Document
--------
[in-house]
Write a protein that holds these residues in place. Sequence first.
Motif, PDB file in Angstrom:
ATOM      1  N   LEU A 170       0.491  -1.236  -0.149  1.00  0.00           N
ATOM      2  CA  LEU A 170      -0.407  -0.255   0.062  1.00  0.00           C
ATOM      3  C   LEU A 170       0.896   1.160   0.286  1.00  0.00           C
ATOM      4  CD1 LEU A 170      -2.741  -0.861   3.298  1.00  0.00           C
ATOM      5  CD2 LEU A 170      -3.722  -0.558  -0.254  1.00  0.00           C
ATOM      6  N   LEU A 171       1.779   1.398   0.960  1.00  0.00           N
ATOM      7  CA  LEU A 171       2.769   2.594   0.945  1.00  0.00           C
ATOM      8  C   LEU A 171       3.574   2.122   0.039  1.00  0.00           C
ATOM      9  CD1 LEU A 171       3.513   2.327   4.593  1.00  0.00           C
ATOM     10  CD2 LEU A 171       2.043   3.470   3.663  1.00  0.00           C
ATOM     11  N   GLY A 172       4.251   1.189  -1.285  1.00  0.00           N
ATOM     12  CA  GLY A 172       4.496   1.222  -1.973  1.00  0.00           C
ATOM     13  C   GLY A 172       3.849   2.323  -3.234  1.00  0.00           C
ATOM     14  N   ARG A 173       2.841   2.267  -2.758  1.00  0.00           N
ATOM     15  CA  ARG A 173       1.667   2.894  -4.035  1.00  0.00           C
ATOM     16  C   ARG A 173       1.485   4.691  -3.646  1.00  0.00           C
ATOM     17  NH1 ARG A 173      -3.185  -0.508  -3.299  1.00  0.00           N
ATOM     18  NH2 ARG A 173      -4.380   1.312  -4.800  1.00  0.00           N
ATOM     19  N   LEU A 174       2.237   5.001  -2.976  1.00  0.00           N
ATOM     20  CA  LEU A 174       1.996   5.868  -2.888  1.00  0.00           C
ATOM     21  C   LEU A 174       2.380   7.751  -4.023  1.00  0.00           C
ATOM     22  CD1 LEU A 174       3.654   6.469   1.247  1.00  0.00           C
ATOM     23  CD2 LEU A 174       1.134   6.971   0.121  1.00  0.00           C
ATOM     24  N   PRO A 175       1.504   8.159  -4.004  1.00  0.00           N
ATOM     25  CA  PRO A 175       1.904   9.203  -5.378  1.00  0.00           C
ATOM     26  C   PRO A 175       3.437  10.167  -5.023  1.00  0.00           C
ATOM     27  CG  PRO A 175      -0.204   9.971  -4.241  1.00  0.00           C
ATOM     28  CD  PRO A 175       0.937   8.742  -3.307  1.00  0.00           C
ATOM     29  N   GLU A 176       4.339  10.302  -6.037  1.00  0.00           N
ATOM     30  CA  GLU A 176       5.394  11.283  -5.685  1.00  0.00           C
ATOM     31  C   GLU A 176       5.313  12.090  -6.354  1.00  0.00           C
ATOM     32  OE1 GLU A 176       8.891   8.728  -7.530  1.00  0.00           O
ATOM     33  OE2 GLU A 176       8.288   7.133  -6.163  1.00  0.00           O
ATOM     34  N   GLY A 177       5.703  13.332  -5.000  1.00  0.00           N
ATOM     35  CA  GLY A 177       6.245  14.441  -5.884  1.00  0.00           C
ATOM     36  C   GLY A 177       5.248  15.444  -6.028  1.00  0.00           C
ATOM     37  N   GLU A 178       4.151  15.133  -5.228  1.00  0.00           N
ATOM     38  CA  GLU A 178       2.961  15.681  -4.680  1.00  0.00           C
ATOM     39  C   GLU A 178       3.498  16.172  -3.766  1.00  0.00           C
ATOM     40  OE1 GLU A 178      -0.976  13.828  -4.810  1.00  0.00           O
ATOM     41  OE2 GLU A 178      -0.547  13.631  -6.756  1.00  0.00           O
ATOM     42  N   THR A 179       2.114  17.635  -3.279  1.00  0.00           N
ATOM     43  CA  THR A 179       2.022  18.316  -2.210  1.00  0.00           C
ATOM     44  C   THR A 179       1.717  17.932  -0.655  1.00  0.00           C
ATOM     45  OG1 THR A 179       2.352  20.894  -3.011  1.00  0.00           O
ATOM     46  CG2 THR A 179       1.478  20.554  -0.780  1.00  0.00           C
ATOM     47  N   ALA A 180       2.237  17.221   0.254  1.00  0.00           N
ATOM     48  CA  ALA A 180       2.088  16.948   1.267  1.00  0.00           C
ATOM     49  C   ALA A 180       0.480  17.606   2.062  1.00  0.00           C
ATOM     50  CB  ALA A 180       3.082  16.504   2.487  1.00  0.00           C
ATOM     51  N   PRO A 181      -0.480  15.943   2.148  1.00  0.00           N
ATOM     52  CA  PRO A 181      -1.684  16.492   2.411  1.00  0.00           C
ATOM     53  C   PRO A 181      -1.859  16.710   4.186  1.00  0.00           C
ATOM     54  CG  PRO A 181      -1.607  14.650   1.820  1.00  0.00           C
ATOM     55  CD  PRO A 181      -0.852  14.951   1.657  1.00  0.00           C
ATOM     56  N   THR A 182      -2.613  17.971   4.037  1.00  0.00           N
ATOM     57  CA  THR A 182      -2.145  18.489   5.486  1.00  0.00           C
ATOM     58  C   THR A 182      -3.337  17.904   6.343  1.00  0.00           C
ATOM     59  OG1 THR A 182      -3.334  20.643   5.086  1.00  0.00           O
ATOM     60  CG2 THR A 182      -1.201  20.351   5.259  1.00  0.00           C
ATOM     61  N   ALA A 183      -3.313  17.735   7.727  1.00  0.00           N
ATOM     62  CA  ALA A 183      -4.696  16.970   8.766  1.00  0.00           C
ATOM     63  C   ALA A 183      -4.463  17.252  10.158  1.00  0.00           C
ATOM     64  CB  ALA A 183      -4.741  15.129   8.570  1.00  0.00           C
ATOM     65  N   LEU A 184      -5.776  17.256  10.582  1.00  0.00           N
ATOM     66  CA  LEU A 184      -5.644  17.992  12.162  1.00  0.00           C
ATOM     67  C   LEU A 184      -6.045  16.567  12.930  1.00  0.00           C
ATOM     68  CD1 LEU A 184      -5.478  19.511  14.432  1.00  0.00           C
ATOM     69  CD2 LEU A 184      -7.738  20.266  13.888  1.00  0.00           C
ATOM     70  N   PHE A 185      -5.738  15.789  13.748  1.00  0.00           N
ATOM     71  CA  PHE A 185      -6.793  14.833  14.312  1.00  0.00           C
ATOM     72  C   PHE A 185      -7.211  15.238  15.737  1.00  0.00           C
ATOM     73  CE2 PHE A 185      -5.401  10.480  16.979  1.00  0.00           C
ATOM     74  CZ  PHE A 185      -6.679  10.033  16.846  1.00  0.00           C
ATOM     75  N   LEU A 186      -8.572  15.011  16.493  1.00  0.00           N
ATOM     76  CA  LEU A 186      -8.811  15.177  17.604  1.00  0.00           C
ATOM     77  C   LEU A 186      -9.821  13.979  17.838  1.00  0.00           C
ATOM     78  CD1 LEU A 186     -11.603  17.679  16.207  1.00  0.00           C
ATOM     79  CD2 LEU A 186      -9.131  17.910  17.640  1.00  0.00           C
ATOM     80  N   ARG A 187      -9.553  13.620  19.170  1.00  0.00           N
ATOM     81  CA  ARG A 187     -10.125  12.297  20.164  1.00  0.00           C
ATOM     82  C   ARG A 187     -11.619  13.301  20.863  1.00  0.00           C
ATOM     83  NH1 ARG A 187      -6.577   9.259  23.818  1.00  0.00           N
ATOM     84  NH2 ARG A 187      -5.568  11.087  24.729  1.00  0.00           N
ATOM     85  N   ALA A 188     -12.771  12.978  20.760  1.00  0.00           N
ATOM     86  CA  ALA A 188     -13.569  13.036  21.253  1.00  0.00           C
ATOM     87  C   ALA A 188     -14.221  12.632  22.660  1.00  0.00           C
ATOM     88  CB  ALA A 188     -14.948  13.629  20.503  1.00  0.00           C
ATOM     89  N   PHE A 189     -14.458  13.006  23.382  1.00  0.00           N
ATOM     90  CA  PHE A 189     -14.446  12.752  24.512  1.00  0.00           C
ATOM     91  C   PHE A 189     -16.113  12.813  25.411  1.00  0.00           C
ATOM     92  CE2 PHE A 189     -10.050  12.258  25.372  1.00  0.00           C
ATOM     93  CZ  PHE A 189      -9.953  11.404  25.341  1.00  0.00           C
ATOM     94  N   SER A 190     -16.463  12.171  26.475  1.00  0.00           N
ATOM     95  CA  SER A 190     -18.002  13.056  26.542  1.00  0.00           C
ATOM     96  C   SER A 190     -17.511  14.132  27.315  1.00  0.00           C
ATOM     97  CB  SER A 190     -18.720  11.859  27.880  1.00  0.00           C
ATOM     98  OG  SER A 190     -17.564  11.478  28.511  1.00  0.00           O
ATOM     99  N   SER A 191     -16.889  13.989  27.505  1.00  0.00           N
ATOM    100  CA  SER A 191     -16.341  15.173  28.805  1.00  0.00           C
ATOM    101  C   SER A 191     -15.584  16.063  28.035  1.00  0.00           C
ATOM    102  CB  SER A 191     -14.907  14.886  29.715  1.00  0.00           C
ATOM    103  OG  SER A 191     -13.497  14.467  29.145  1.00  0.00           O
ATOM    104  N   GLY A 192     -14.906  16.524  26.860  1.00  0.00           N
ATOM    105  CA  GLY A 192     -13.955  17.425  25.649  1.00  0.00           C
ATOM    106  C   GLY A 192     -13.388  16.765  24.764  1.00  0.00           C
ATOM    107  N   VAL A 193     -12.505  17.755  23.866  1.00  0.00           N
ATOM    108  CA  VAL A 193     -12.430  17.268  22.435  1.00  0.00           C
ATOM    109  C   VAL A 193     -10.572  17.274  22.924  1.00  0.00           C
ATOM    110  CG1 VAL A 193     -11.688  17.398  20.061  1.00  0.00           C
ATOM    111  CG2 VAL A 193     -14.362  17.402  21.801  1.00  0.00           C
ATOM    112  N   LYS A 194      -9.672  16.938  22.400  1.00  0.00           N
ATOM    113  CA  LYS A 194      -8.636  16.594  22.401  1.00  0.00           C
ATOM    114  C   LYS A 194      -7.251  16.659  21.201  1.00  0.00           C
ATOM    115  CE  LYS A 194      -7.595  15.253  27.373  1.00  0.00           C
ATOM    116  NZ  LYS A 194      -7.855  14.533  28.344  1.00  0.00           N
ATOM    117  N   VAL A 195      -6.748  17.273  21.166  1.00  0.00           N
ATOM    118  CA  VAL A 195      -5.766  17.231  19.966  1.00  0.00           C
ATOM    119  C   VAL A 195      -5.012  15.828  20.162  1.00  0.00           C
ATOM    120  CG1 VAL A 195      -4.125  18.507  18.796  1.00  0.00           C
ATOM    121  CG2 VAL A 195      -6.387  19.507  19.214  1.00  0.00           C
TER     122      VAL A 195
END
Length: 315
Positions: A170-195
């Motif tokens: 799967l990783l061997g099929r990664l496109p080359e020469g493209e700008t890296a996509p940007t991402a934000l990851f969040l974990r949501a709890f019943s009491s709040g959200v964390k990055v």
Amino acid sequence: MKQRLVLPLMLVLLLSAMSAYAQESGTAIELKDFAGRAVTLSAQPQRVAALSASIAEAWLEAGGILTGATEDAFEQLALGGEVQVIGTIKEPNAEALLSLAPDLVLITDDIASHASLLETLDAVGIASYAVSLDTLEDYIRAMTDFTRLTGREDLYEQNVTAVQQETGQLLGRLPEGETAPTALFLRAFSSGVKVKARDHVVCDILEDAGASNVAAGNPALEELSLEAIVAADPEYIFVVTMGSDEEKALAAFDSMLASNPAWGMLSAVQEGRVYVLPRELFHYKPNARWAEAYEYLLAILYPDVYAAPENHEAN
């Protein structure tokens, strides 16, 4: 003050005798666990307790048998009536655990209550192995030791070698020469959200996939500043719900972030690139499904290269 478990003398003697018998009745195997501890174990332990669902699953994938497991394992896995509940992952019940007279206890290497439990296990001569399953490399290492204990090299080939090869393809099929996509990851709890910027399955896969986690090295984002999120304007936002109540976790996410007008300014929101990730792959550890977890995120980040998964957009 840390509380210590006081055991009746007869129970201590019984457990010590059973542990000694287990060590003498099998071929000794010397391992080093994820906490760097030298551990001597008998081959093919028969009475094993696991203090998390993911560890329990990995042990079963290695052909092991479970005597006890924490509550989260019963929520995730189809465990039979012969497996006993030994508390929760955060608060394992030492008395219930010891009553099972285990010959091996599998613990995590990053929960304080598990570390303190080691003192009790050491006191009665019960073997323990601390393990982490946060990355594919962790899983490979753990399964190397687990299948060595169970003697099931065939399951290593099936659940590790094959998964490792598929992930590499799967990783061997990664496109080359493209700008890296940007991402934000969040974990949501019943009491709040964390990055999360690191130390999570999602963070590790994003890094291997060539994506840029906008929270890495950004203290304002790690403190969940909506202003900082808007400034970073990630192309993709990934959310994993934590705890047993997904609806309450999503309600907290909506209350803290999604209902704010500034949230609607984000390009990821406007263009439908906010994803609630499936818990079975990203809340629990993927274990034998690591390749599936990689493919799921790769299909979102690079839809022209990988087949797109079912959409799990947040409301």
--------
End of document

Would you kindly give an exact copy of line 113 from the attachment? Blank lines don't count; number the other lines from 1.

ATOM    110  CG1 VAL A 193     -11.688  17.398  20.061  1.00  0.00           C